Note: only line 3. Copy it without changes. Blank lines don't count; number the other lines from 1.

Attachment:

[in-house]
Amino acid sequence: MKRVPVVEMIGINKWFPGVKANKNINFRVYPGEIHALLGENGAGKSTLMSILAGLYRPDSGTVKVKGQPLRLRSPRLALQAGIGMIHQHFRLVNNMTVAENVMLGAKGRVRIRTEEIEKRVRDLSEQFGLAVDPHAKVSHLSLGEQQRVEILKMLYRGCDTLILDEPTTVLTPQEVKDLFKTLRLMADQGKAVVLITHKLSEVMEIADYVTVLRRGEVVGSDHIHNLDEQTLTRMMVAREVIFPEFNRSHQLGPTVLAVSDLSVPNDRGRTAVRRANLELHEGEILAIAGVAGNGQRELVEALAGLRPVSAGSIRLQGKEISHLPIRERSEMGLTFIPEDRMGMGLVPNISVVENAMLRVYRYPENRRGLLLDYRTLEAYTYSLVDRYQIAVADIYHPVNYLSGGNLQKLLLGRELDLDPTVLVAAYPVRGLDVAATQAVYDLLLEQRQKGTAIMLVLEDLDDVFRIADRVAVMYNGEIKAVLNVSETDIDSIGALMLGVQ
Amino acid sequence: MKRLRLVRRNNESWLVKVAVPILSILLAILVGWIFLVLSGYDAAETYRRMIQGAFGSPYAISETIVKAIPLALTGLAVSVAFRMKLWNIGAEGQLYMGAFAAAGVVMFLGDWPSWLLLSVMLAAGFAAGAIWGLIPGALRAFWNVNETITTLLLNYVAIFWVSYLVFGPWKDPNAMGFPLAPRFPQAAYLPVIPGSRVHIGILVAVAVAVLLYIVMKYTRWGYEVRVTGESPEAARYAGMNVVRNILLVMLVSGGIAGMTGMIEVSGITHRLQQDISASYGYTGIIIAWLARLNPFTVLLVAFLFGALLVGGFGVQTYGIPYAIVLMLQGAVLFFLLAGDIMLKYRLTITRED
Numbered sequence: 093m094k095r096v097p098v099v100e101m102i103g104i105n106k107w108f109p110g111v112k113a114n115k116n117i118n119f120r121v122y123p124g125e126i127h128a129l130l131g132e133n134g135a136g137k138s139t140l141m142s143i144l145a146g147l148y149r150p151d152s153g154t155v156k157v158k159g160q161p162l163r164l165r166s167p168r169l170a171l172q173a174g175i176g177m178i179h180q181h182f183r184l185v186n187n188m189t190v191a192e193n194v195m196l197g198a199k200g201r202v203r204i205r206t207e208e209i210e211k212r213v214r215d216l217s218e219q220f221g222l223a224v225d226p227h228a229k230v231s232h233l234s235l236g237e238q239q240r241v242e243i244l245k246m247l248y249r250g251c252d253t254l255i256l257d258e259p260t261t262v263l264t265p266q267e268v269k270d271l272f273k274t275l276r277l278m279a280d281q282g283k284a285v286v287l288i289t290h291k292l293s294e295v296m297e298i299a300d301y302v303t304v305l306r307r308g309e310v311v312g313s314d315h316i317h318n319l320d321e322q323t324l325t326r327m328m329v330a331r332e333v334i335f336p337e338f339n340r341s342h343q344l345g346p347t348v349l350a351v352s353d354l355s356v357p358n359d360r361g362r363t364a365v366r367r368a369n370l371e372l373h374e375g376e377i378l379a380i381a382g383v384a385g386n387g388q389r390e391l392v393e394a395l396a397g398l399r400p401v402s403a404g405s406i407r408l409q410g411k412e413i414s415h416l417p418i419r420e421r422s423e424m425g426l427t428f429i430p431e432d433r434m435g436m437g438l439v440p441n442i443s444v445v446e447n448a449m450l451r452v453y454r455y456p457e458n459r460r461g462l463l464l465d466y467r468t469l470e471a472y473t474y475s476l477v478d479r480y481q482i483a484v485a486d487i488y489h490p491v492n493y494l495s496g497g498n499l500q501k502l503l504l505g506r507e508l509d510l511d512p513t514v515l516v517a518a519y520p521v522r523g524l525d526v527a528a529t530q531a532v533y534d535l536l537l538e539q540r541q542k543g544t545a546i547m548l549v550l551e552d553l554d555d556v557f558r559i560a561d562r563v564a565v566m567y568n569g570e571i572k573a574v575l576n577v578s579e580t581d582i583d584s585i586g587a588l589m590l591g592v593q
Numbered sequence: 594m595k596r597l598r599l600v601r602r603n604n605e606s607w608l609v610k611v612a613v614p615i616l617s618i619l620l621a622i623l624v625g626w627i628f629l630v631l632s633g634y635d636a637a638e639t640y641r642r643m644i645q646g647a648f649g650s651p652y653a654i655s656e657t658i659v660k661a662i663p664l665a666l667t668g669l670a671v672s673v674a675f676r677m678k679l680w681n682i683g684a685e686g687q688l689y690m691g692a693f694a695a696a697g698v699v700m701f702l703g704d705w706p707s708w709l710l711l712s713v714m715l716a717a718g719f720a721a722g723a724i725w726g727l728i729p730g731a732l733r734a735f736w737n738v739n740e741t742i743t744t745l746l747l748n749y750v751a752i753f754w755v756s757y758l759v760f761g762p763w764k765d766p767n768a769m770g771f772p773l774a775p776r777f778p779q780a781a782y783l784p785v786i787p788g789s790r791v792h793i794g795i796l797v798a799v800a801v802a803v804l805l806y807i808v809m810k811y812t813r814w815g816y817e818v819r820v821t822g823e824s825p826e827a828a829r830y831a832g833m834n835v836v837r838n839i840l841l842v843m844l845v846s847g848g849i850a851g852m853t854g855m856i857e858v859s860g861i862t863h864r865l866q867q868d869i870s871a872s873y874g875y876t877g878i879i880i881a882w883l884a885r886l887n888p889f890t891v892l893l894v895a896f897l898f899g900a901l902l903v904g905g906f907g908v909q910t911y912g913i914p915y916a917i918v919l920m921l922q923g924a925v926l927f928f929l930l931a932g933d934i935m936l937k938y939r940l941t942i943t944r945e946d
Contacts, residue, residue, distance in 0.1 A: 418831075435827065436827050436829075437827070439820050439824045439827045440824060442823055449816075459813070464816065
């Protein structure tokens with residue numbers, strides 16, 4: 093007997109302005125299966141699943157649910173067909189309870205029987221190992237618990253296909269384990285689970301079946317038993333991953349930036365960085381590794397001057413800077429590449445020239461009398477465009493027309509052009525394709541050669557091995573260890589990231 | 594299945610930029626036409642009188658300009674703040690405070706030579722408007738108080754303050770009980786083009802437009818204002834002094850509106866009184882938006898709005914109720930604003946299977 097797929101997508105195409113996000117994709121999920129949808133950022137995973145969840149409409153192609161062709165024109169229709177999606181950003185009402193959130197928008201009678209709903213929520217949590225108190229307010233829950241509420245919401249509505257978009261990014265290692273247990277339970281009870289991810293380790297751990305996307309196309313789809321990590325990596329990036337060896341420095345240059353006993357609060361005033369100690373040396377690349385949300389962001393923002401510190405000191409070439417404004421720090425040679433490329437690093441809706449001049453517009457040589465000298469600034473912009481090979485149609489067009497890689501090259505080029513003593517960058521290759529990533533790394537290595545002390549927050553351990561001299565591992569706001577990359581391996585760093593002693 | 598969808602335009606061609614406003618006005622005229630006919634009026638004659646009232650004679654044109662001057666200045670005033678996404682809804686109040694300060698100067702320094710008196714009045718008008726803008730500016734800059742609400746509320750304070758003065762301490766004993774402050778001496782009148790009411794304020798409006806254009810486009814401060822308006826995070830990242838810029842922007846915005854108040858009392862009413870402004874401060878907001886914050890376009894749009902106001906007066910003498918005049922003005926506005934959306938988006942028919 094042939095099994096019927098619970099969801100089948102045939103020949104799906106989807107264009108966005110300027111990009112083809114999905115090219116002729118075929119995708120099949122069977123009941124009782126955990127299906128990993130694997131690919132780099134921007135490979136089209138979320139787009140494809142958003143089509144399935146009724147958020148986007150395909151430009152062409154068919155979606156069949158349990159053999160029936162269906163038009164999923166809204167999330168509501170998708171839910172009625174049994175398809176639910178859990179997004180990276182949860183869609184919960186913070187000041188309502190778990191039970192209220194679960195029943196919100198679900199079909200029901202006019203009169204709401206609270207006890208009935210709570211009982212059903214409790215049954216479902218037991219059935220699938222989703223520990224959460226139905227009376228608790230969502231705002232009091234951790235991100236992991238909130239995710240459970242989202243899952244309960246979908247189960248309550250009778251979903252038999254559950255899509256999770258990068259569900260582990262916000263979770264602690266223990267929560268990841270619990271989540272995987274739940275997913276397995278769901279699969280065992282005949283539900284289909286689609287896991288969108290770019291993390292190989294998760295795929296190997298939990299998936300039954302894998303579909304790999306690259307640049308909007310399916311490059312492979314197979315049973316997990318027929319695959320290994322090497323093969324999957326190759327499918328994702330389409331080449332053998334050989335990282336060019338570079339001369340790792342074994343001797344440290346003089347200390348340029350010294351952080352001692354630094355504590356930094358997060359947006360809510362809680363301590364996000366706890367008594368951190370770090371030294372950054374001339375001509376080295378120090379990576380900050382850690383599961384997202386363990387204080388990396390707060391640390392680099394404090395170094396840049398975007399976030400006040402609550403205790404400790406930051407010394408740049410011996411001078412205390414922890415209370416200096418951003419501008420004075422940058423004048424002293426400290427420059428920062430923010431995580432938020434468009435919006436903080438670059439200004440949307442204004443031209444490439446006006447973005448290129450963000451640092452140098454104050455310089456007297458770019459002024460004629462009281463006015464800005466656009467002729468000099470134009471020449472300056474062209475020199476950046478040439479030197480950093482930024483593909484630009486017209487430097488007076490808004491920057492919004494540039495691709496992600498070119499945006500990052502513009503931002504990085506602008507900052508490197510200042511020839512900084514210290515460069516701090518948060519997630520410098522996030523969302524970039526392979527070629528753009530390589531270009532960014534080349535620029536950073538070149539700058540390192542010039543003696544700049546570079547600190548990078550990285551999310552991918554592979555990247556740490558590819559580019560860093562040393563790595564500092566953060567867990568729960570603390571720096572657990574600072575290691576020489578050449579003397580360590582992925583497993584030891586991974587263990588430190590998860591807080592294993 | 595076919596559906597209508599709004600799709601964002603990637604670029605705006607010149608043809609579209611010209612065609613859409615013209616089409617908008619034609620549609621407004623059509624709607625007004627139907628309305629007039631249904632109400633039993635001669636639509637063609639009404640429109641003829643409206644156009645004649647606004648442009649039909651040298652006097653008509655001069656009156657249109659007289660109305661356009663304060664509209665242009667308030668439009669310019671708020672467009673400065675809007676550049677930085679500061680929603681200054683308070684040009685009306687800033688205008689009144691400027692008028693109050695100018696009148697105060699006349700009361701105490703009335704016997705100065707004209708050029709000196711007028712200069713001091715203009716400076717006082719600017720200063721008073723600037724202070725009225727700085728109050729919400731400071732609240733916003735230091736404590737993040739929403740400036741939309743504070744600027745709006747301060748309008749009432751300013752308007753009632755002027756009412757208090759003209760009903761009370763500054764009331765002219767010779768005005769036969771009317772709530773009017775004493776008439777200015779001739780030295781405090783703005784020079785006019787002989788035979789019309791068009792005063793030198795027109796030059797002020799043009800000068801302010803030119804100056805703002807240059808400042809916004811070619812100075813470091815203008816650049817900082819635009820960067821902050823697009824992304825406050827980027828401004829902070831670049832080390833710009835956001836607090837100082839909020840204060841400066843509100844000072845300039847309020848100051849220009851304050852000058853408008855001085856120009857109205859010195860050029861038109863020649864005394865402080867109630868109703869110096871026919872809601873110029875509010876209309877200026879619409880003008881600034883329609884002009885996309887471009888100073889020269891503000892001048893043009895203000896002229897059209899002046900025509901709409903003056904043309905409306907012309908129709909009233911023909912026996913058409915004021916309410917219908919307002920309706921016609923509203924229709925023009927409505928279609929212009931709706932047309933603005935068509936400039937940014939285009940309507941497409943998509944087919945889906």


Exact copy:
Amino acid sequence: MKRLRLVRRNNESWLVKVAVPILSILLAILVGWIFLVLSGYDAAETYRRMIQGAFGSPYAISETIVKAIPLALTGLAVSVAFRMKLWNIGAEGQLYMGAFAAAGVVMFLGDWPSWLLLSVMLAAGFAAGAIWGLIPGALRAFWNVNETITTLLLNYVAIFWVSYLVFGPWKDPNAMGFPLAPRFPQAAYLPVIPGSRVHIGILVAVAVAVLLYIVMKYTRWGYEVRVTGESPEAARYAGMNVVRNILLVMLVSGGIAGMTGMIEVSGITHRLQQDISASYGYTGIIIAWLARLNPFTVLLVAFLFGALLVGGFGVQTYGIPYAIVLMLQGAVLFFLLAGDIMLKYRLTITRED